New IcedTea Project
IcedTea-Web attempts to fill in some of the parts that OpenJDK does not supply.
Last month, Senior Developer at Red Hat Deepak Bhole announced
first release of the IcedTea-Web project, an open source addon
component to the IcedTea harness. The first release of IcedTea-Web
contained a Java web browser plugin, a Net X-based Java Web Start
implementation and an alpha preview of the IcedTea-Web GUI tool. In
this interview, JAXenter speaks to Deepak Bhole about the new
project, how it relates to IcedTea and Net X, and what we can
expect from IcedTea-Web in the future.
JAXenter: You recently announced the first
release of IcedTea-Web. How does this project relate to
Deepak Bhole: IcedTea-Web attempts to fill in
some of the parts that OpenJDK does not supply but the proprietary
Oracle JDK does. More specifically, it consists of a web browser
plugin, a Free Web Start – javaws – implementation based on NetX,
and itweb-settings, a deployment configuration tool.
Initially the plugin and Web Start implementations were part of
the IcedTea repository. After having had to do a few IcedTea
releases just to push new plugin and Web Start updates, we realized
that it might be better to split those into a separate project that
can release independently. This has the added benefit that
IcedTea-Web can be built without having to build the entire
The first release of IcedTea-Web contained the plugin, the Web
Start implementation, and an alpha preview of a new tool we’ve been
developing to allow easy deployment configuration of the plugin and
Web Start implementations.
JAXenter: IcedTea-Web.1.0 contains an alpha
preview of itweb-settings. How does this tool work?
Deepak: The tool is a Java Swing based
application to control deployment settings. For a while, a lot of
the settings were embedded in the Java code of the plugin and Web
Start implementations. This was later moved into a
deployment.properties configuration file. While that made it a bit
easier to work with, it still lagged in terms of ease of use,
especially compared to something like the Control Panel tool that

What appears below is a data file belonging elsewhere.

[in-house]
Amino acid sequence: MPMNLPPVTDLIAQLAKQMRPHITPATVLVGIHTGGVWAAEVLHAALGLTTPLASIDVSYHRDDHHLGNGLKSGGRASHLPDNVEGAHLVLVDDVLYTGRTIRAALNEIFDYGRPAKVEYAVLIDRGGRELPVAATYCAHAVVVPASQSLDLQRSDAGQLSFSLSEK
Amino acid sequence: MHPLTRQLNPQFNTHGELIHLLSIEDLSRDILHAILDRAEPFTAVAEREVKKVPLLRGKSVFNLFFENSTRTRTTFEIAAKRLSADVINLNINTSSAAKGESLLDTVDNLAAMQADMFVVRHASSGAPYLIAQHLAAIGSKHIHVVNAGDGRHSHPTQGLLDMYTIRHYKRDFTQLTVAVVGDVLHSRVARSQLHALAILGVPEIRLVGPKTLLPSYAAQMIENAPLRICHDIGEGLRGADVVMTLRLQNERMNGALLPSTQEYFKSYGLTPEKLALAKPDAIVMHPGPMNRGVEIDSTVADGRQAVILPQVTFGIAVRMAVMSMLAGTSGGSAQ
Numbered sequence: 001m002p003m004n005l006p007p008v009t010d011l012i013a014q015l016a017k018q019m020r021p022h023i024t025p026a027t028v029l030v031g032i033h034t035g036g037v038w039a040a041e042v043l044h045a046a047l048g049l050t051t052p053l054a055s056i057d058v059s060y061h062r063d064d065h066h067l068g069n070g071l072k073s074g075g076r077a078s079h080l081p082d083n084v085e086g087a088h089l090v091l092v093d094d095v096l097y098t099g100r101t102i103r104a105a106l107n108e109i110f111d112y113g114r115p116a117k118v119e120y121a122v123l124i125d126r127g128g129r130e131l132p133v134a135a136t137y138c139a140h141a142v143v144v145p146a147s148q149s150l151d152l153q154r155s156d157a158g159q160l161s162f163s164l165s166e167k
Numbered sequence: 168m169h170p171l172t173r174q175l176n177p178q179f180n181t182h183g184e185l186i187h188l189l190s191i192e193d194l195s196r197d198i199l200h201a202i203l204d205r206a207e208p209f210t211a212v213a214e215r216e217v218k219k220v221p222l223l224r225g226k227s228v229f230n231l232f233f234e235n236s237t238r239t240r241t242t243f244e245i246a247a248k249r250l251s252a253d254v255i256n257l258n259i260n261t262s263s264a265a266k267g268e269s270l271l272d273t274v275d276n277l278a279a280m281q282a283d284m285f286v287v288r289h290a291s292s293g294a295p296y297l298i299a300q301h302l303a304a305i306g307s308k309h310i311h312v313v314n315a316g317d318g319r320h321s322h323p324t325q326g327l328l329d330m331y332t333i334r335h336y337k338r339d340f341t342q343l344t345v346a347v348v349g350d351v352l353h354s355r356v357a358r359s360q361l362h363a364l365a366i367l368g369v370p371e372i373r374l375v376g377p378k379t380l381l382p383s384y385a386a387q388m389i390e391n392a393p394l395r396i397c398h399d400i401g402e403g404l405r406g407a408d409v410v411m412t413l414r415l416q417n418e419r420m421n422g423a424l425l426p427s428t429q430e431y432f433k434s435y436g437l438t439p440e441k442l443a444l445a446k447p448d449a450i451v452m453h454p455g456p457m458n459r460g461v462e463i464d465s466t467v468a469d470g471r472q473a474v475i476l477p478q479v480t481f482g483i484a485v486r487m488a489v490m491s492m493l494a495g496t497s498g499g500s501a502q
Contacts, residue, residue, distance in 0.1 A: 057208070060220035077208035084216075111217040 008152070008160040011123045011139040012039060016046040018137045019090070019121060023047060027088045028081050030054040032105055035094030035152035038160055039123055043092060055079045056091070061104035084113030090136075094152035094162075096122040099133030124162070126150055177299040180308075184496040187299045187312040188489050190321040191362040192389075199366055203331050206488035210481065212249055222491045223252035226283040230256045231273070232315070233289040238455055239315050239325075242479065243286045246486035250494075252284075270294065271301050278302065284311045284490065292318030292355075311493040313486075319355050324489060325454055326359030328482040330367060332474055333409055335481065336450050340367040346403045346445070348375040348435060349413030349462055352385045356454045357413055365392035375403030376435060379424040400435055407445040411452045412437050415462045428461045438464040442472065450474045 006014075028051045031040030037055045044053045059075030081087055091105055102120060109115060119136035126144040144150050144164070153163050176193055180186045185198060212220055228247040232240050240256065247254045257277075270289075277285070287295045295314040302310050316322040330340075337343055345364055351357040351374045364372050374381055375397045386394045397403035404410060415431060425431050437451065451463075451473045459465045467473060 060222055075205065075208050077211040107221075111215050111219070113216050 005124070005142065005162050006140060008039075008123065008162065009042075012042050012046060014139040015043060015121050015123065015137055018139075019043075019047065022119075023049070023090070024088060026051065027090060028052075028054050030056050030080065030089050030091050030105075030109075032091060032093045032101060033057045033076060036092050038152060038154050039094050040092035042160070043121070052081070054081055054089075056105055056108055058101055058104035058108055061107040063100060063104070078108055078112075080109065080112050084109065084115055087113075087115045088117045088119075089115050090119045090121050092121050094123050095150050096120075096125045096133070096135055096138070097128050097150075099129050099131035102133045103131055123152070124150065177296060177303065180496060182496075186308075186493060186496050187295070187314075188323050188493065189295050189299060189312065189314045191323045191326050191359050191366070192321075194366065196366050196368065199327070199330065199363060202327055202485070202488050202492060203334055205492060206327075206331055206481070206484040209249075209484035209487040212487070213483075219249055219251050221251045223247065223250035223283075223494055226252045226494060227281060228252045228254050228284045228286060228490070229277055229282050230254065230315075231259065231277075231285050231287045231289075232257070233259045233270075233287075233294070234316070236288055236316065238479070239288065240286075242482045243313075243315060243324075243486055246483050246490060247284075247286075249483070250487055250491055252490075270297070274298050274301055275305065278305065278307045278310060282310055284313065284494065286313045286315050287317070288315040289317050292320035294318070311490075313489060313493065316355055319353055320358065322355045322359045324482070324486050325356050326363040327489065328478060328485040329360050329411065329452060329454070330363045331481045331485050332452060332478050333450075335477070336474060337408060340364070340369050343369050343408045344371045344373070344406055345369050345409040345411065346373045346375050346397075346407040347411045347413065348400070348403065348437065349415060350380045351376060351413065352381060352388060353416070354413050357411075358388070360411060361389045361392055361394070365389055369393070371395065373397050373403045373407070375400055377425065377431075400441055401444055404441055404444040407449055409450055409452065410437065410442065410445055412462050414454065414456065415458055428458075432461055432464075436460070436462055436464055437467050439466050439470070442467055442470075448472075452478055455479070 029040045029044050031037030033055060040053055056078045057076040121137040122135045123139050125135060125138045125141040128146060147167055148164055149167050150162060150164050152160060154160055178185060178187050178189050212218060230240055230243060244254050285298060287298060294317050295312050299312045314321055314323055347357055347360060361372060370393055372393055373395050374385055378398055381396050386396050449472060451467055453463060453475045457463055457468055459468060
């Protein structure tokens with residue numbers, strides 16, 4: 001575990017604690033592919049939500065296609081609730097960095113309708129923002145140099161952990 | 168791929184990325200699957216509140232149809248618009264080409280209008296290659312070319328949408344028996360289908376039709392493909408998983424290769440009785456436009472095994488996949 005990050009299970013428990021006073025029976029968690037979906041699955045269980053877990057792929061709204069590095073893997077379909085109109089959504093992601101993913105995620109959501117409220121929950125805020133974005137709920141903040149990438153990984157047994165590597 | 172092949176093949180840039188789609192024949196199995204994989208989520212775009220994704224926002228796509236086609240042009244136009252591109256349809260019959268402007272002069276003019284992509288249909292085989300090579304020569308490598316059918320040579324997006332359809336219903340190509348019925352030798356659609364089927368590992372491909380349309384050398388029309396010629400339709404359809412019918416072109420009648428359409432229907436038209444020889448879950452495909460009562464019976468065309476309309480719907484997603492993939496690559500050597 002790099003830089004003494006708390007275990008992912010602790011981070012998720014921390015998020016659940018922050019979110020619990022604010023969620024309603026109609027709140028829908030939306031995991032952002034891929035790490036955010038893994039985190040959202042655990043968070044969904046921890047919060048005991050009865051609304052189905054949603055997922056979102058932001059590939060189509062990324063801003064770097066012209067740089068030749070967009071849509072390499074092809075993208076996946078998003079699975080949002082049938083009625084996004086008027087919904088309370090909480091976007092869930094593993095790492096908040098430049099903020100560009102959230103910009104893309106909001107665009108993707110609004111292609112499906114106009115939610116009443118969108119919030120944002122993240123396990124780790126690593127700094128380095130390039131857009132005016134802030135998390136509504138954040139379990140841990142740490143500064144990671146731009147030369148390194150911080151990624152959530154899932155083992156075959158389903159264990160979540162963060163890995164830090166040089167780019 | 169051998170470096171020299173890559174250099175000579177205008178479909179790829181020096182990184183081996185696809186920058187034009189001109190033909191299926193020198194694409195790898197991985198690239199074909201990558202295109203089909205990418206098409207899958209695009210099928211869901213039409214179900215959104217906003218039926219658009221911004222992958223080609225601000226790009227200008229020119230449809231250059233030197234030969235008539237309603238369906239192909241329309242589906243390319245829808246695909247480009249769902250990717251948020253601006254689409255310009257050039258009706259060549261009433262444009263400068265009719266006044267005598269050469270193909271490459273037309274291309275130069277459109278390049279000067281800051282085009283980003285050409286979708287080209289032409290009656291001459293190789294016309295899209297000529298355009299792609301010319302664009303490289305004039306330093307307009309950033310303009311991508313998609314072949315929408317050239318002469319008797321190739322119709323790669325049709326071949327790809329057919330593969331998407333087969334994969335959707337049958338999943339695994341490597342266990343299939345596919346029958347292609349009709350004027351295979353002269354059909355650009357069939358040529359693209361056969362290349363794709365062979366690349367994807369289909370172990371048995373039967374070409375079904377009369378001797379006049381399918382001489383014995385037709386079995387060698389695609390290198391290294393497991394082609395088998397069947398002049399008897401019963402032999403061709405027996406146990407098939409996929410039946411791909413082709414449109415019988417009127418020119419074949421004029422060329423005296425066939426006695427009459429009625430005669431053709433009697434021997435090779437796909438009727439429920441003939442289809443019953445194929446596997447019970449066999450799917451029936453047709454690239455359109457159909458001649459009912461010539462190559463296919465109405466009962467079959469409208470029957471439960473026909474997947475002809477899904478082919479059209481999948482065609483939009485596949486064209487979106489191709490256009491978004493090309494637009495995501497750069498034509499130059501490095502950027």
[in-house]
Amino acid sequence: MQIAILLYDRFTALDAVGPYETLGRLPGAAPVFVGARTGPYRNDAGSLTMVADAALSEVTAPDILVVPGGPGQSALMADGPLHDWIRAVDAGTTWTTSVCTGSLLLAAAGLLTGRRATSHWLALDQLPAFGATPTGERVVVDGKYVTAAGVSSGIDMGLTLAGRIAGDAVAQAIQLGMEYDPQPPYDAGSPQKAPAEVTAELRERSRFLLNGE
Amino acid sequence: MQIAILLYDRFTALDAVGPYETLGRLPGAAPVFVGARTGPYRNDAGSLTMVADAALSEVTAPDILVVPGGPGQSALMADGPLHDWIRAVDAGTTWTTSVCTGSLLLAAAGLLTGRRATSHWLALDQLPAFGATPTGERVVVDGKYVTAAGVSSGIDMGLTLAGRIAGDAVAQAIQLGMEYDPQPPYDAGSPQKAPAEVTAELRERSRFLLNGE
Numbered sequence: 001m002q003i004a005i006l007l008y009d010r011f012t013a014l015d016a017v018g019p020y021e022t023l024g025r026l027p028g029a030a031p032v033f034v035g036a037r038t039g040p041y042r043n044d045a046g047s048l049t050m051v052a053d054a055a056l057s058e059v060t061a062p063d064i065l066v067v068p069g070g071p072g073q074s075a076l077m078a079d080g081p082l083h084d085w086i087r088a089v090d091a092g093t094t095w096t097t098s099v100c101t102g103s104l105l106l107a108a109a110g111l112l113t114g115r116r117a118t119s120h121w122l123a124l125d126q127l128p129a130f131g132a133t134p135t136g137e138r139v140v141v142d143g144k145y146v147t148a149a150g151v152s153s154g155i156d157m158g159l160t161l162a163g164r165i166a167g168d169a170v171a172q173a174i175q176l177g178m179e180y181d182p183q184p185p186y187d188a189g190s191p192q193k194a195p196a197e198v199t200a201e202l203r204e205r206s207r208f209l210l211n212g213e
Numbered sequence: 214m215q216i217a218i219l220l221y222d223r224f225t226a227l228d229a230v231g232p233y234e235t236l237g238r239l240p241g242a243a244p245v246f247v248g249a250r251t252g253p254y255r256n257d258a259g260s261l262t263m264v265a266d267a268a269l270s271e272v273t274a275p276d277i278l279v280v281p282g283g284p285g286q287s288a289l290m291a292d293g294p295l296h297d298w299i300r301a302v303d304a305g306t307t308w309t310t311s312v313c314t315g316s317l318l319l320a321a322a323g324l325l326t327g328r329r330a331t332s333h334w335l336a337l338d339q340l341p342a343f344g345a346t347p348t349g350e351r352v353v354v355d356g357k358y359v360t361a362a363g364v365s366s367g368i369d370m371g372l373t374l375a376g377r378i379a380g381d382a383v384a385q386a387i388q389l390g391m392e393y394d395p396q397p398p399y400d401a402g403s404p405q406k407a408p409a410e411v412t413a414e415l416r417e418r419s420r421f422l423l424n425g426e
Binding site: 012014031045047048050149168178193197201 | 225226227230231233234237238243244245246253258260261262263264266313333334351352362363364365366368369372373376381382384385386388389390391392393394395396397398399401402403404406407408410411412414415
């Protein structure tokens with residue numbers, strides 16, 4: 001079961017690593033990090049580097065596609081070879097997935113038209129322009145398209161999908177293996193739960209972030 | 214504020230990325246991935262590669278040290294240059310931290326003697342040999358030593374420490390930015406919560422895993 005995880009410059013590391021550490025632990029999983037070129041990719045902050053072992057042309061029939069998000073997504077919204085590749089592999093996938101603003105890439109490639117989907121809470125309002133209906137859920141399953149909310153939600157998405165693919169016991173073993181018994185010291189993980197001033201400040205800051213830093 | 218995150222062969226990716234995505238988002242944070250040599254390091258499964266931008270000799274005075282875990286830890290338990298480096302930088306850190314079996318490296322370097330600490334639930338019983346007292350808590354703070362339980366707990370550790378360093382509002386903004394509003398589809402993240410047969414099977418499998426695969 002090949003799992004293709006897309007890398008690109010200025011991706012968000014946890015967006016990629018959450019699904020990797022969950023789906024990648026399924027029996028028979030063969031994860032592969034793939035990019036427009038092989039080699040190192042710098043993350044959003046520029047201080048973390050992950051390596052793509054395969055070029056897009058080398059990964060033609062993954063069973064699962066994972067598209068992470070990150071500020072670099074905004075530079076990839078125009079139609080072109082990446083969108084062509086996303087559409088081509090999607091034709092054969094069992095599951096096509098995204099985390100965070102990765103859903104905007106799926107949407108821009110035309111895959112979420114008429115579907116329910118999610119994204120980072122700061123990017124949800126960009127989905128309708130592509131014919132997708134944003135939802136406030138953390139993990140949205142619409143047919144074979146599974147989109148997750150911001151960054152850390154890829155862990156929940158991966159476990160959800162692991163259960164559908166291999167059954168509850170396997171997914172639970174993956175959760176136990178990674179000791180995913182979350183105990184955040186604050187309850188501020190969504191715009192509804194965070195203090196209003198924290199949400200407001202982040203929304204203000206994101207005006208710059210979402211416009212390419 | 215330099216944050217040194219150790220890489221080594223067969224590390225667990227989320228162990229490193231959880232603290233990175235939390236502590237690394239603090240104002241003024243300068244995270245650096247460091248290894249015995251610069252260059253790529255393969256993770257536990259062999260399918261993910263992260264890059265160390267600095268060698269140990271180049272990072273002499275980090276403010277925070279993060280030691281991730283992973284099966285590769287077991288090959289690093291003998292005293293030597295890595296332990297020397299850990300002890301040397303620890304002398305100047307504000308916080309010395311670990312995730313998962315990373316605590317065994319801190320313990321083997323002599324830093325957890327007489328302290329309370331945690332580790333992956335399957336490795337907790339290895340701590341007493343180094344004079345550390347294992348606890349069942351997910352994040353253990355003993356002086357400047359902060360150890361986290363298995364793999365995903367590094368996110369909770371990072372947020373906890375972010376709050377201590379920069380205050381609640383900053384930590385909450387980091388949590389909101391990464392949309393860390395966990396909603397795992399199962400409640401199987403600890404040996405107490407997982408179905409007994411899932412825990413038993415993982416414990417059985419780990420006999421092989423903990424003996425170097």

is part of the Oracle JDK.
In addition to having a GUI, there is also a rich command-line
interface to itweb-settings. The CLI allows a user to modify, view
and check configuration values. All supported options can be seen
by running “itweb-settings help”
itweb-settings will ultimately be able to control settings like
proxies, cache, logging, etc. and do certificate management as
well. Most of this is already in, and the rest of the pieces are
being filled in as time passes.
JAXenter: How does the project build on NetX,
on which it is based?
Deepak: NetX is a Free Web Start implementation
originally written by Jon A. Maxwell. When we, IcedTea, started
looking at it, the project had already been dormant upstream for a
while. Given the inactivity, it made sense to fork the project and
develop it as part of IcedTea which was far more active.
The Web Start implementation in IcedTea, and now in IcedTea-Web,
is based on NetX. NetX was not fully complete when we forked it, so
we made enhancements on top of it that include features like the
ability to run outside the sandbox, handle 3rd party certificates,
signed jars, etc. As enhancements are made to the Web Start
specification, we try to keep our implementation updated
accordingly. The original NetX project could handle JNLP files that
conformed to the 1.0 specification only. The Web Start
implementation in IcedTea-Web can handle files all the way up to
the latest 1.6 specification.
Furthermore, a large part of the requirements for the web
browser plugin are the same as those for Web Start. So rather than
duplicate the effort, the plugin defers to that code for shared
JAXenter: What can users expect from the next
major release of IcedTea-Web?
Deepak: Certainly more stability I would say.
Over the past year especially, we have been doing heavy development
on all the components of IcedTea-Web. As those components mature,
we will be shifting our priority to fix the little but annoying
issues, and to make the components more stable overall.
Some of the major upcoming features on our list include:
- Ability to work with upstream OpenJDK
– Better proxy support, including support for proxy auto-config
– Better cache management to manage individual application
– Per application security policies
We also maintain a list with more release specific feature plans
on our wiki.
I would also like to mention a quick thanks to all of the
IcedTea-Web contributors who have made this project possible.
Though there are many to name, I feel at least a few key ones
should be acknowledged: Dr. Andrew John Hughes for writing and
maintaining the build system and files; Omair Majid for numerous
enhancements to the Web Start implementation; and Andrew Su for
developing and maintaining itweb-settings.